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Commentary On Zechariah Malachi by Jean Calvin

Zechariah 14:14

14. And Judah also shall fight at Jerusalem; and the wealth of all the heathen round about shall be gathered together, gold, and silver, and apparel, in great abundance.

14. Atque etiam Iehudah pugnabit contra Ierusalem, et congregabitur exercitus (alii vertunt, opulentiam, quod etiam non male quadraret) omnium gentium in circuitu aurum et argentum et vestes ad copiam multam (ad multitudinem valde, ad verbum.)

Zechariah speaks here no doubt on the same subject; for he adds, that there would be an intestine war between the country and the city, though they were but one body, and since their return they were under the same Divine banner: God had indeed been their leader in their journey, and was in short the only remaining glory of the people. It was then something horribly monstrous, that Judah should join himself to enemies in order to destroy the city: yet the Prophet says that this evil, as well as other evils, would soon be witnessed; so that they would have not only to sustain the assaults of enemies, who would come from far, but would also find their brethren hostile and hurtful to them: Fight then shall Judah against Jerusalem

At what time this happened, it is well known; for under Antiochus we know that both the city and the whole land were full of traitors; inasmuch as hardly one in a hundred continued to follow true religion. Thus it happened, that almost all were trodden under foot. It was not then without reason foretold by Zechariah, that the Jews would become cruel enemies to their own brethren.

He then adds, Collected shall be the armies of all nations. The word chyl, chil, means forces, wealth and strength. I am disposed to follow what I have already said, -- that the army or strength of all nations around would be collected to overthrow Jerusalem. The Prophet intimates in these words that the Jews would apparently be the most miserable of men, were their condition estimated by their state at that time; for there would be harassing traitors within, so that they had to fear intrigues and hidden dangers, and many people also from every part would unite to destroy them. Nothing can be imagined more miserable than to be assailed from within and from without by almost the whole of mankind. But there will presently follow a consolation; and hence we must bear in mind what I have said, that threatening are given by way of warning, that the faithful might courageously bear those ruinous attacks, relying on the hope of a better state of things, according to what God had promised.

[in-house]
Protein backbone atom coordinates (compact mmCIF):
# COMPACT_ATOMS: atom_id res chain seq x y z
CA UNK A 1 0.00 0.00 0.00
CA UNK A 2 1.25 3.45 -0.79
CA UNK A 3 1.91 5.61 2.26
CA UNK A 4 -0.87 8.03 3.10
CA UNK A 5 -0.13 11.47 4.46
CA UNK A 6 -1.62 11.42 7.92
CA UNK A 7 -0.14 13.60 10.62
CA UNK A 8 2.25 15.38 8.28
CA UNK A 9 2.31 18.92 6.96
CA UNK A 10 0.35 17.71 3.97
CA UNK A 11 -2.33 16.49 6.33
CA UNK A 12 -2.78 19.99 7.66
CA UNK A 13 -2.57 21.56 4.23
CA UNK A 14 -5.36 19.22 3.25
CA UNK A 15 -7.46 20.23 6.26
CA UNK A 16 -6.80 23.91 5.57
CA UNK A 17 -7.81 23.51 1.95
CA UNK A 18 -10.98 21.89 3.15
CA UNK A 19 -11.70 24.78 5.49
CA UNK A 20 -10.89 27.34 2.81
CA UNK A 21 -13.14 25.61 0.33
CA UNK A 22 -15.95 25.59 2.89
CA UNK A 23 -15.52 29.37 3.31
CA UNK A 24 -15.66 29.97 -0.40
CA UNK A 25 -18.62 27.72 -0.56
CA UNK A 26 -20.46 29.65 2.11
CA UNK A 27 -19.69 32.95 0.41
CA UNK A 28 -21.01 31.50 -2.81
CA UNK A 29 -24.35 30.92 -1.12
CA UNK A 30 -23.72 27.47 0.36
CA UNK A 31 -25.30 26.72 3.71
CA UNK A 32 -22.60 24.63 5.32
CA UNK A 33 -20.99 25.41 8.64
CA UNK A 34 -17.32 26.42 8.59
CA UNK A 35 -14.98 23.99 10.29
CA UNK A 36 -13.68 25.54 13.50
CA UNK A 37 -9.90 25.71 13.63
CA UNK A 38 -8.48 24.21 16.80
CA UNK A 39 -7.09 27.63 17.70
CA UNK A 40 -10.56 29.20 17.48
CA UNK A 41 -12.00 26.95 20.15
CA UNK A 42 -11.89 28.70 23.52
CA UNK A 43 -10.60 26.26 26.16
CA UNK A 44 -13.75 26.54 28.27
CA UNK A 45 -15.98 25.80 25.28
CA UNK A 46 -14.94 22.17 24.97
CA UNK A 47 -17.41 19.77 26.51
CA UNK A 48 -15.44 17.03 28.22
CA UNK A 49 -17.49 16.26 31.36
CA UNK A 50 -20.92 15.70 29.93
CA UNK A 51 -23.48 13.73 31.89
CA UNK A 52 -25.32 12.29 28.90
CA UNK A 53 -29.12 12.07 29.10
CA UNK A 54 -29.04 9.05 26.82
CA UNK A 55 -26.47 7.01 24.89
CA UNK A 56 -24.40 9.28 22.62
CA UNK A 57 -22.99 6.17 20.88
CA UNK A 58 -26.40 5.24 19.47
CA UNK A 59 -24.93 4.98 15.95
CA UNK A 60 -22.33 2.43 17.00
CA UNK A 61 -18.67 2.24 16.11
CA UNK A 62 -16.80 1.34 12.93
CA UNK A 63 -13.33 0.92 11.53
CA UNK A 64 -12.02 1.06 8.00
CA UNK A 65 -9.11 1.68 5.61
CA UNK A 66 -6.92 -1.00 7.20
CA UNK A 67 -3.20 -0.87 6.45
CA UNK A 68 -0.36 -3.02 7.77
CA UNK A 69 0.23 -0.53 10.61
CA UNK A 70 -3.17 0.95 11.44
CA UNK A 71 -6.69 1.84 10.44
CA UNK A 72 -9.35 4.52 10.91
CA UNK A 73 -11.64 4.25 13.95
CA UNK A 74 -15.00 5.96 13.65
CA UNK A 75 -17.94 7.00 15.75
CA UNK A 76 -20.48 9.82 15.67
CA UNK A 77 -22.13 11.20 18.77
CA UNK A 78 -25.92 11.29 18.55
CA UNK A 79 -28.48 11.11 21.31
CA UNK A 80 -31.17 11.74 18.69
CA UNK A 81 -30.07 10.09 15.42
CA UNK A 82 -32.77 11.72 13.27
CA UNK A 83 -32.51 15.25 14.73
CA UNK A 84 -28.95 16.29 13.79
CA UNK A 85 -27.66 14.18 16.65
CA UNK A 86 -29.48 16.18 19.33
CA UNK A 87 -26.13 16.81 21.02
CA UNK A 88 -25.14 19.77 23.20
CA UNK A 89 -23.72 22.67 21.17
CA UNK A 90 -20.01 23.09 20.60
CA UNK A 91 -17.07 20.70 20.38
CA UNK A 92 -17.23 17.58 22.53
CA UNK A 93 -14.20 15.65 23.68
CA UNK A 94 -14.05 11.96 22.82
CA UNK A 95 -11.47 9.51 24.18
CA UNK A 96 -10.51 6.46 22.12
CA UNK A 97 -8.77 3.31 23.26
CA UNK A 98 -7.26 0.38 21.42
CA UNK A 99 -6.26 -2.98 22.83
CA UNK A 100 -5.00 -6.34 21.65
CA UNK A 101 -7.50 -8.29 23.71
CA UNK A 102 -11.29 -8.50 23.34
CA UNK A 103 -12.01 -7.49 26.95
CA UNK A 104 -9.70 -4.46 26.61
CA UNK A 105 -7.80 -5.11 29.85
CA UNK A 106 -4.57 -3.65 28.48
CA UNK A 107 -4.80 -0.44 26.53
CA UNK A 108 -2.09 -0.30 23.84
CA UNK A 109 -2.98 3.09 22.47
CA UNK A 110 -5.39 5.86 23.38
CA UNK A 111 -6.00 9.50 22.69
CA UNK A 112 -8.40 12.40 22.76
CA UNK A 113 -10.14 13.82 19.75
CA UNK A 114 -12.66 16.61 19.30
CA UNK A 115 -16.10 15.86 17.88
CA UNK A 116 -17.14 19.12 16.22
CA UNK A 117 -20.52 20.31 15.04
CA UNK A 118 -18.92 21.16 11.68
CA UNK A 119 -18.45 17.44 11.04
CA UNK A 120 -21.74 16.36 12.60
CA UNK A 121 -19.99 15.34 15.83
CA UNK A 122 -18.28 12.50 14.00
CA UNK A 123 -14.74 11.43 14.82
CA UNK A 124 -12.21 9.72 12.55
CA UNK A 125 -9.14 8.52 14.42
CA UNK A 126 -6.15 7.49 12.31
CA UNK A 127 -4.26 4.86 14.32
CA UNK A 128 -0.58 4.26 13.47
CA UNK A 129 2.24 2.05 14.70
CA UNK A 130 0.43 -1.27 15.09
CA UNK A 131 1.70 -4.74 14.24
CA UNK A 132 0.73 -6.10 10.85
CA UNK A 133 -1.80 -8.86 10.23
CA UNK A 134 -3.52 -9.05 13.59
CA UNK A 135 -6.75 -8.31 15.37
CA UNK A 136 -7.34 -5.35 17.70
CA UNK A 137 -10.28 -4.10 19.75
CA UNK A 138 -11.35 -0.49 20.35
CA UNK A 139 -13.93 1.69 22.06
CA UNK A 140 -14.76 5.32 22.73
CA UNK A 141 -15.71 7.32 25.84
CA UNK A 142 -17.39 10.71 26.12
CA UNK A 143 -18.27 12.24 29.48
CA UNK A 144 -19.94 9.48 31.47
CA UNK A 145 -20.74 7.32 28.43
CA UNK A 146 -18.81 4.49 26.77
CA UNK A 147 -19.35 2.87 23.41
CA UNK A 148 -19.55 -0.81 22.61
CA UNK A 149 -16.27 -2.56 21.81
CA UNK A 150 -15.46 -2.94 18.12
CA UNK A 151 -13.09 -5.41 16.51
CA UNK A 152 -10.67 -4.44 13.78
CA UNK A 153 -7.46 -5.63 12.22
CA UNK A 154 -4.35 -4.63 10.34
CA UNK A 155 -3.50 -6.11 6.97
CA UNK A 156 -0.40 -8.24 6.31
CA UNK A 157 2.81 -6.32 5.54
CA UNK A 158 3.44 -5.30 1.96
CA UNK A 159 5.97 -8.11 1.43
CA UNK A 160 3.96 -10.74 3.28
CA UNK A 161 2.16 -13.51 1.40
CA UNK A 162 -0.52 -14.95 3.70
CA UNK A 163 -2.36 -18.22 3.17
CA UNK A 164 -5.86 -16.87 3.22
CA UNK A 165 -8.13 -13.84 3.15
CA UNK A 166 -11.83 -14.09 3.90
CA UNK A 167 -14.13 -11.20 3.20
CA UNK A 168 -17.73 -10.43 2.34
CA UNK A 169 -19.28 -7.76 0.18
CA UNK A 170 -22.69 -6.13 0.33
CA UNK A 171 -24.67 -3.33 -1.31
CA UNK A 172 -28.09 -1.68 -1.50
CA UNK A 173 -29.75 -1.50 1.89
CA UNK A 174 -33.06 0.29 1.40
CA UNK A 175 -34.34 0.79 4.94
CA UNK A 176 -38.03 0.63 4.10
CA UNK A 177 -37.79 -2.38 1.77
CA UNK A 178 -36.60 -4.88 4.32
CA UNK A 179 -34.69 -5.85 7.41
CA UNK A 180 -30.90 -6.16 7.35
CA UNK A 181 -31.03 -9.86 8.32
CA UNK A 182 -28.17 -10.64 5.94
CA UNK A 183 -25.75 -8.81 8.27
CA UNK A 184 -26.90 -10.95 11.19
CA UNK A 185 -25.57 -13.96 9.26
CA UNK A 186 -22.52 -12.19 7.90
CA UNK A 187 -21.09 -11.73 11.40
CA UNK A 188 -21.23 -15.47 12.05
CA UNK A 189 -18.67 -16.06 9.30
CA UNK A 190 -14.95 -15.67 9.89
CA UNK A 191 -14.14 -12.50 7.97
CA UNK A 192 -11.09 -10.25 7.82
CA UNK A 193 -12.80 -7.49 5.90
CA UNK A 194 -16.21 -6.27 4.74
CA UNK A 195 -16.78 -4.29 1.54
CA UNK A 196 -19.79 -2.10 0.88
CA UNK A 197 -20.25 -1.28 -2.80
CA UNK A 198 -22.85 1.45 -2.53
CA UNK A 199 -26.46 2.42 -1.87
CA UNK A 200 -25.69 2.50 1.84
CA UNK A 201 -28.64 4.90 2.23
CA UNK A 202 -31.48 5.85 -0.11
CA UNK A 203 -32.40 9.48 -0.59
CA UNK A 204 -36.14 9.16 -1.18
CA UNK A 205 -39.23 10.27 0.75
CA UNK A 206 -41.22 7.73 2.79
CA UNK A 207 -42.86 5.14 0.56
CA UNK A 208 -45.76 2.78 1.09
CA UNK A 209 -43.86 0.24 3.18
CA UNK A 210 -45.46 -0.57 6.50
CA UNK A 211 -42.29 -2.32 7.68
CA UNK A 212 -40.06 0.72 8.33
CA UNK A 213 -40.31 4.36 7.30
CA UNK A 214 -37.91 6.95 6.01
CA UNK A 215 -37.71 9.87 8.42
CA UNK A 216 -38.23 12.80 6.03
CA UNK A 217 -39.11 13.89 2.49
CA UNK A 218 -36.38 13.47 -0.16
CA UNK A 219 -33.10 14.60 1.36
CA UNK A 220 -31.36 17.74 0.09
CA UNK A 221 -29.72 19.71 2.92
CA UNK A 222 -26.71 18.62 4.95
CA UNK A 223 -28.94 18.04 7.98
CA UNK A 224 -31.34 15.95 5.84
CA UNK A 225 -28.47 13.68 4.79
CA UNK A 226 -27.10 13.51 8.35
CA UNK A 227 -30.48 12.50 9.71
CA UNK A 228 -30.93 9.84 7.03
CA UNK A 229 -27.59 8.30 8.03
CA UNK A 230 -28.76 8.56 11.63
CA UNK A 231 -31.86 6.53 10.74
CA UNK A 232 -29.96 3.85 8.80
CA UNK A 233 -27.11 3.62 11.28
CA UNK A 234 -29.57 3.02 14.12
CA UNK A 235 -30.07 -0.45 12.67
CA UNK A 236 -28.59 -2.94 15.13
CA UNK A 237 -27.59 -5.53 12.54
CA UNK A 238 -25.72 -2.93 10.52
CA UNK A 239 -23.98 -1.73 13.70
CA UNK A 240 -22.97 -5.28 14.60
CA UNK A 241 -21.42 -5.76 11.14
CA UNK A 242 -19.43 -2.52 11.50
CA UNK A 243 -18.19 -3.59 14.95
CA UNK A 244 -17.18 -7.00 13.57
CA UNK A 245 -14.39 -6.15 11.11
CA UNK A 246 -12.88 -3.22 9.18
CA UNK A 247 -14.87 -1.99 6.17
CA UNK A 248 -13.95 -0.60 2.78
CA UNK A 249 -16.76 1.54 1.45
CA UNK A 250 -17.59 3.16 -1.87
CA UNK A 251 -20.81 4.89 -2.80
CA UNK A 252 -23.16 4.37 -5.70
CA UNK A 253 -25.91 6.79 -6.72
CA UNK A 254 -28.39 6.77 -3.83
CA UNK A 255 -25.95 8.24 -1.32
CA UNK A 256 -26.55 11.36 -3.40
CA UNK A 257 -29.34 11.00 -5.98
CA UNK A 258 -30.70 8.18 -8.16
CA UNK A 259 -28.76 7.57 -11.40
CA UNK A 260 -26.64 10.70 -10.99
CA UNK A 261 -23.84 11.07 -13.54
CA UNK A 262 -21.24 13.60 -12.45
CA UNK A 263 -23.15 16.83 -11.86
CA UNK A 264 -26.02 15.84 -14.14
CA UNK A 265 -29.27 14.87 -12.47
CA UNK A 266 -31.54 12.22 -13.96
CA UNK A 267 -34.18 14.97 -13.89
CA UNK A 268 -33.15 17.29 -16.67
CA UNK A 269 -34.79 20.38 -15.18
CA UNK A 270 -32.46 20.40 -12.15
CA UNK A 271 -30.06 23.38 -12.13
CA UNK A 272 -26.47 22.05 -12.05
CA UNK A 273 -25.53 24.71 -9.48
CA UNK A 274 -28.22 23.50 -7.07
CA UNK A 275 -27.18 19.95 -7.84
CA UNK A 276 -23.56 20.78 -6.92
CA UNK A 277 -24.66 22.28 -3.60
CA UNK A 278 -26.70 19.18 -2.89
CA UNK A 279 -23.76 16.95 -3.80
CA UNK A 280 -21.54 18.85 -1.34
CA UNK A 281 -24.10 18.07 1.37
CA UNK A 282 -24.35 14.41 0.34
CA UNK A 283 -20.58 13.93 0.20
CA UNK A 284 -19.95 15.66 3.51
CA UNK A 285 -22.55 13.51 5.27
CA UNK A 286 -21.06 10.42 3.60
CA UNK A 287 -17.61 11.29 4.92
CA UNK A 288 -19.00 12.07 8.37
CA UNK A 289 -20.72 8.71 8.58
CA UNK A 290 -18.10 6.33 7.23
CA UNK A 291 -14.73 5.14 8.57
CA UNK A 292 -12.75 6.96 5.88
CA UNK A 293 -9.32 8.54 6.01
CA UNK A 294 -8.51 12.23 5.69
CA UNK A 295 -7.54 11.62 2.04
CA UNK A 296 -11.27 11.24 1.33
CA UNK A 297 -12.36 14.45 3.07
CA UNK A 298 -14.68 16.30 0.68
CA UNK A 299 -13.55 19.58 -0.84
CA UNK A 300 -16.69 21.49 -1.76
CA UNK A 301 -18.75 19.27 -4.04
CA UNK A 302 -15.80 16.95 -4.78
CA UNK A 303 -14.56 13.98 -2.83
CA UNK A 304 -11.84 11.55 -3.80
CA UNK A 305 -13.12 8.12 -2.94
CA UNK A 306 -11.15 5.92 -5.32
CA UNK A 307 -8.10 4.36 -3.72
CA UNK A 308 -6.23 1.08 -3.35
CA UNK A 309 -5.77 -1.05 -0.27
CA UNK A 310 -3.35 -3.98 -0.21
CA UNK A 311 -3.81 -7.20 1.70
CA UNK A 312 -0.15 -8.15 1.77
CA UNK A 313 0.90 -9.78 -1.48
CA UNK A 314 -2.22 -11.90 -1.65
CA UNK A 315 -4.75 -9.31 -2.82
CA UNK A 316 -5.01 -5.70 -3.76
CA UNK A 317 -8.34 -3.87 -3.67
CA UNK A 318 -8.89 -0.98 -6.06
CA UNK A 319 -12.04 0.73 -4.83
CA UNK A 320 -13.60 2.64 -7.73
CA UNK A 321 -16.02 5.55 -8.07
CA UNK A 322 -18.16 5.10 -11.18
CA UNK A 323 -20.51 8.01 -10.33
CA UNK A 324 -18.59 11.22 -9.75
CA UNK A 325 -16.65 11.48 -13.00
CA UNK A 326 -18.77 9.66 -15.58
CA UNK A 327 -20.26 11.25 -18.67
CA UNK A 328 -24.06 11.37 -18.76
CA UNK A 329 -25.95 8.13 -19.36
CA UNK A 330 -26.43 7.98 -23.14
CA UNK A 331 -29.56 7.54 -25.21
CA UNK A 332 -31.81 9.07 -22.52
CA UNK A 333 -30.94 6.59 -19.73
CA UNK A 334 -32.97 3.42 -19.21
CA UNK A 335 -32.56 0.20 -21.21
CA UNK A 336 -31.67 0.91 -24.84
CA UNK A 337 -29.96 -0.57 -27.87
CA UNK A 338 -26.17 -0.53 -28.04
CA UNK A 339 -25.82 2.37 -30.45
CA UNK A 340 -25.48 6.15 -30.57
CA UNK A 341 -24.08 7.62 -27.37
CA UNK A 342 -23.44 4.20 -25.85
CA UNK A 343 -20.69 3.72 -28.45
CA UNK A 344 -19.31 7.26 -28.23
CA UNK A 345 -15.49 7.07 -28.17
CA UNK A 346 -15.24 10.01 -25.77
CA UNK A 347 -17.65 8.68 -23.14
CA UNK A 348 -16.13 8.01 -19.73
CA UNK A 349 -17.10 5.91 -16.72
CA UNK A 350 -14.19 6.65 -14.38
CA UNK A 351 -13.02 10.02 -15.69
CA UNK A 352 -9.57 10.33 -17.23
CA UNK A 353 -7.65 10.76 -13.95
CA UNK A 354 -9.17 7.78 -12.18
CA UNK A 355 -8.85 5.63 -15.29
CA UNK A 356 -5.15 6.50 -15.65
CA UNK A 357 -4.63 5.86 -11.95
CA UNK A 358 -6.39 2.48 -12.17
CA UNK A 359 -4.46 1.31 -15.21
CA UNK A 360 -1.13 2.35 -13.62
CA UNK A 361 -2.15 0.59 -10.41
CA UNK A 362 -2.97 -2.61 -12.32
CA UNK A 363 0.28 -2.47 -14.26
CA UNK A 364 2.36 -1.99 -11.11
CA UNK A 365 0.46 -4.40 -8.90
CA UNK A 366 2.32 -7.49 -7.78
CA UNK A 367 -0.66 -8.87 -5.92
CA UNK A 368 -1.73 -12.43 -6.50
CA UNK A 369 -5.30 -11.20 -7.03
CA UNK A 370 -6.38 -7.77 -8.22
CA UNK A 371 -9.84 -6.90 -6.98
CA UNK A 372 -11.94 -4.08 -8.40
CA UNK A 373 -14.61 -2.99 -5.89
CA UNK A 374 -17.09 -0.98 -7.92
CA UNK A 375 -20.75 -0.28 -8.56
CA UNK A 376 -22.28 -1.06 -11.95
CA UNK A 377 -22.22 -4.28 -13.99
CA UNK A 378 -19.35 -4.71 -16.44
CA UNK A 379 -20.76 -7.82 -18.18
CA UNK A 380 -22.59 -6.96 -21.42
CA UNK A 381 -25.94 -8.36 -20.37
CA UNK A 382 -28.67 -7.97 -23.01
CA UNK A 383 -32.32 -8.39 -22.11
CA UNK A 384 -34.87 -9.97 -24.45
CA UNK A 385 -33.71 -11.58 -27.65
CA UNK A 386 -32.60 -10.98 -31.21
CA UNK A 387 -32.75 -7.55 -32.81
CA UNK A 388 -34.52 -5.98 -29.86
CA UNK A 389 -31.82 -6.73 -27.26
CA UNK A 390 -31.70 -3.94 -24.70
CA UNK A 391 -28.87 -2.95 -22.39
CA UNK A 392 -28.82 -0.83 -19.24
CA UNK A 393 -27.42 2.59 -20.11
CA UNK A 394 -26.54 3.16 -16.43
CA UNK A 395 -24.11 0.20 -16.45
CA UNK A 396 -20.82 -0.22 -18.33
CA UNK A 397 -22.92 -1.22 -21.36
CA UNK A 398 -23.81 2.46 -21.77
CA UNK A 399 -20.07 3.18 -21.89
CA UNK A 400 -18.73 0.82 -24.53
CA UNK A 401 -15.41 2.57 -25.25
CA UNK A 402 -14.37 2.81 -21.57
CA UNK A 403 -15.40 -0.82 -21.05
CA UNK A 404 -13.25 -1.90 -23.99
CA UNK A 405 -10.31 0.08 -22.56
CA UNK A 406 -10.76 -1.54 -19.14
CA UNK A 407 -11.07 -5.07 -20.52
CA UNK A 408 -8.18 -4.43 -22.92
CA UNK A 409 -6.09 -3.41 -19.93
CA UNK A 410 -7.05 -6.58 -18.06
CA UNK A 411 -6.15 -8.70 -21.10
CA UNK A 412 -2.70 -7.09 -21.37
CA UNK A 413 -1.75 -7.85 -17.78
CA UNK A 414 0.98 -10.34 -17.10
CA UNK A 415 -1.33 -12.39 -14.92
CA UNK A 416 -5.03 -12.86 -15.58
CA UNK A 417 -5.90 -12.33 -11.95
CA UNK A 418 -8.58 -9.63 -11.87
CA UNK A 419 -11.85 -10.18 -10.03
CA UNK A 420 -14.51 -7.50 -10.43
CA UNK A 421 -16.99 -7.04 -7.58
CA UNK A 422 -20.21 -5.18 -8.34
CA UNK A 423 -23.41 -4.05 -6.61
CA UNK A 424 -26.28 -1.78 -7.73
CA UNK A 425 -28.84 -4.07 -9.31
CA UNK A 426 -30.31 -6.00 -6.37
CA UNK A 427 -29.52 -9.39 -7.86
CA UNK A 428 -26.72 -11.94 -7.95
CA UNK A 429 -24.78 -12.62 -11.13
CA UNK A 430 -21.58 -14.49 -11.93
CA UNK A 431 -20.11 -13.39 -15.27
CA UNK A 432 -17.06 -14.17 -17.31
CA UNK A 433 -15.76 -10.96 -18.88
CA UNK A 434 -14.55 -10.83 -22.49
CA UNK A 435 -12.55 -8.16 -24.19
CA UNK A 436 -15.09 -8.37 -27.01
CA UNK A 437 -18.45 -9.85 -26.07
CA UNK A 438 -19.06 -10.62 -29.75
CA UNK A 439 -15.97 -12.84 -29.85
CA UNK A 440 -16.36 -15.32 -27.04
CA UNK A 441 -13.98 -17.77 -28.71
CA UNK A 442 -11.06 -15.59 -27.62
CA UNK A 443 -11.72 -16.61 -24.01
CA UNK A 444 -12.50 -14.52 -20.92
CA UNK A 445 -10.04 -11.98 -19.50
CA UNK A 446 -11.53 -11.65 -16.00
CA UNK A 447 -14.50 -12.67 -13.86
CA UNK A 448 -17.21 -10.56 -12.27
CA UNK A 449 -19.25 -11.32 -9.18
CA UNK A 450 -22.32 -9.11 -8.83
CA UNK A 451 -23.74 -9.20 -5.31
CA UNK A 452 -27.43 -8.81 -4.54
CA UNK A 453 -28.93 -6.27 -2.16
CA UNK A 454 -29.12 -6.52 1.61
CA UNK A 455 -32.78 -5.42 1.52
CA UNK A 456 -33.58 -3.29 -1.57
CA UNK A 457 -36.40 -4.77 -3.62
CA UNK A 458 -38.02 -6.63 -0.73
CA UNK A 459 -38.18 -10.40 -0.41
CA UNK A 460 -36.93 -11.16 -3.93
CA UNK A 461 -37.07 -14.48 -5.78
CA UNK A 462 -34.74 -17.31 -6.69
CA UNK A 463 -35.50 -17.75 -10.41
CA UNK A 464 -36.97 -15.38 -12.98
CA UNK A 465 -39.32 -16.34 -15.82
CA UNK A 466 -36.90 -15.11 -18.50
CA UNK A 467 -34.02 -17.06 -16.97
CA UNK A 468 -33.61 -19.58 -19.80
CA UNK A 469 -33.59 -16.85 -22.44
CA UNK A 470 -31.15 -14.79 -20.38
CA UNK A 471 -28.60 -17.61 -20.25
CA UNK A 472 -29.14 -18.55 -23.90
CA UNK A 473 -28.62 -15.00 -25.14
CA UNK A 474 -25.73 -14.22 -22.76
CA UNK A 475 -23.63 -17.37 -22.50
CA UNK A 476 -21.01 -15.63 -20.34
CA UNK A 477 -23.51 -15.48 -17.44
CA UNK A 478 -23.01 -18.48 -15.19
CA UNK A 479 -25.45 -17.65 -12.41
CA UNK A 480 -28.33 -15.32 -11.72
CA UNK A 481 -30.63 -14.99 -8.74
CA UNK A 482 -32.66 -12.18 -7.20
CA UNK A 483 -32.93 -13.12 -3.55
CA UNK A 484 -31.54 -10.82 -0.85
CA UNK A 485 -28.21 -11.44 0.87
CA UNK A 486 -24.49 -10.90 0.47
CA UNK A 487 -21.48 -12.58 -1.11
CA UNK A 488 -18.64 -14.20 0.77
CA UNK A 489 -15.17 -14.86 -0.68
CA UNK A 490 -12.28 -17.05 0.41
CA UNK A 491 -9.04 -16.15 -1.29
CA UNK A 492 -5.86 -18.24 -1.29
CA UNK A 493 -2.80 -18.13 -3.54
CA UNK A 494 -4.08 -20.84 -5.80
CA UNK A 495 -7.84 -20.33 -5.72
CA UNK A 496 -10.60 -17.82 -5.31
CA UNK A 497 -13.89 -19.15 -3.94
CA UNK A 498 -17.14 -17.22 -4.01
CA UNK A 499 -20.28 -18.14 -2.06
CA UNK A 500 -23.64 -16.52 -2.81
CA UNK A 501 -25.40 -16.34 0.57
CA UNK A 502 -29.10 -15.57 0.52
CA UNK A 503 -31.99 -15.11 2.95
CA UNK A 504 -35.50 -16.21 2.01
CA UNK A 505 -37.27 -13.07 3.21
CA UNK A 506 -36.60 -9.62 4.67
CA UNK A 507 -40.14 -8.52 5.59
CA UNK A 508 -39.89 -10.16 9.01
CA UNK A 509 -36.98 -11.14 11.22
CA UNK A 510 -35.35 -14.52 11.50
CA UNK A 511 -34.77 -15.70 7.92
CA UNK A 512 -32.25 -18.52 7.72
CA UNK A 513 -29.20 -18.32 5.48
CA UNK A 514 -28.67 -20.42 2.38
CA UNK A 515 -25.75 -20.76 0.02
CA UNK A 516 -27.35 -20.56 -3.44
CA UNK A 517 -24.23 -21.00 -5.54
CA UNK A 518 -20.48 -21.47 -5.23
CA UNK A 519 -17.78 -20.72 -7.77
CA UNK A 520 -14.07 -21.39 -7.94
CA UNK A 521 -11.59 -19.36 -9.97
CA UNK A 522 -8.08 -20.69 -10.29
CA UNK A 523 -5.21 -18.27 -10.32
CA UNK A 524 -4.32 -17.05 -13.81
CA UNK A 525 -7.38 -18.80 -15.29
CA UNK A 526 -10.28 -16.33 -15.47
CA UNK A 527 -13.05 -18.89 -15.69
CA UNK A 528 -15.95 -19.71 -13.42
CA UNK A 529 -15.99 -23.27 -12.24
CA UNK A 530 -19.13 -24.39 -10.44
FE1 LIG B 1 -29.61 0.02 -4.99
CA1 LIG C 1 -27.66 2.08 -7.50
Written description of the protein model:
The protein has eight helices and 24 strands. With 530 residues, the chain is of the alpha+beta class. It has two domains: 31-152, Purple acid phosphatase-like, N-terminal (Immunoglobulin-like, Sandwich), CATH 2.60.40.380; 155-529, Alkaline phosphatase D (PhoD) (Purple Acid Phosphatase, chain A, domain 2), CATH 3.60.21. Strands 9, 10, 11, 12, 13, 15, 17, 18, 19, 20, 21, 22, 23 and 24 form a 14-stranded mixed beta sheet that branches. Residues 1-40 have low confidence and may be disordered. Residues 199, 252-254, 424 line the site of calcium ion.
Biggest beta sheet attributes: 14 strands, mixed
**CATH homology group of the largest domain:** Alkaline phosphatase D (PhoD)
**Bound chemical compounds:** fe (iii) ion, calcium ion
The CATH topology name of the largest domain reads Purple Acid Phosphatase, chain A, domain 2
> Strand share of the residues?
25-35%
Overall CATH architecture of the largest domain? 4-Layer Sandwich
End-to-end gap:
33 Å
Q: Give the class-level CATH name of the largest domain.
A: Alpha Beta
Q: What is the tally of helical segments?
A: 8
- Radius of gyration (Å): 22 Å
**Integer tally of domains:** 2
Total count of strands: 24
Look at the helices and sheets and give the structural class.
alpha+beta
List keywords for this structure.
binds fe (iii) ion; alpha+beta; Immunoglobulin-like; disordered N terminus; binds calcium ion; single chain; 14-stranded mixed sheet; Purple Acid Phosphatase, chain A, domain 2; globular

When afterwards he mentions gold, and silver, and garments, he intimates that the enemies, whom he speaks of, would not come, as though they were hungry, running to the prey; but that they would be so savage as to seek nothing but blood; for they would be furnished with necessaries, having an abundance of gold and silver. For what purpose then would they come? Not to satiate their avarice, but only to gorge human blood, and thus to extinguish the memory of the chosen people. Even to hear this was terrible; but it was necessary to warn the faithful, lest they should be surprised by any sudden event. He afterwards adds --

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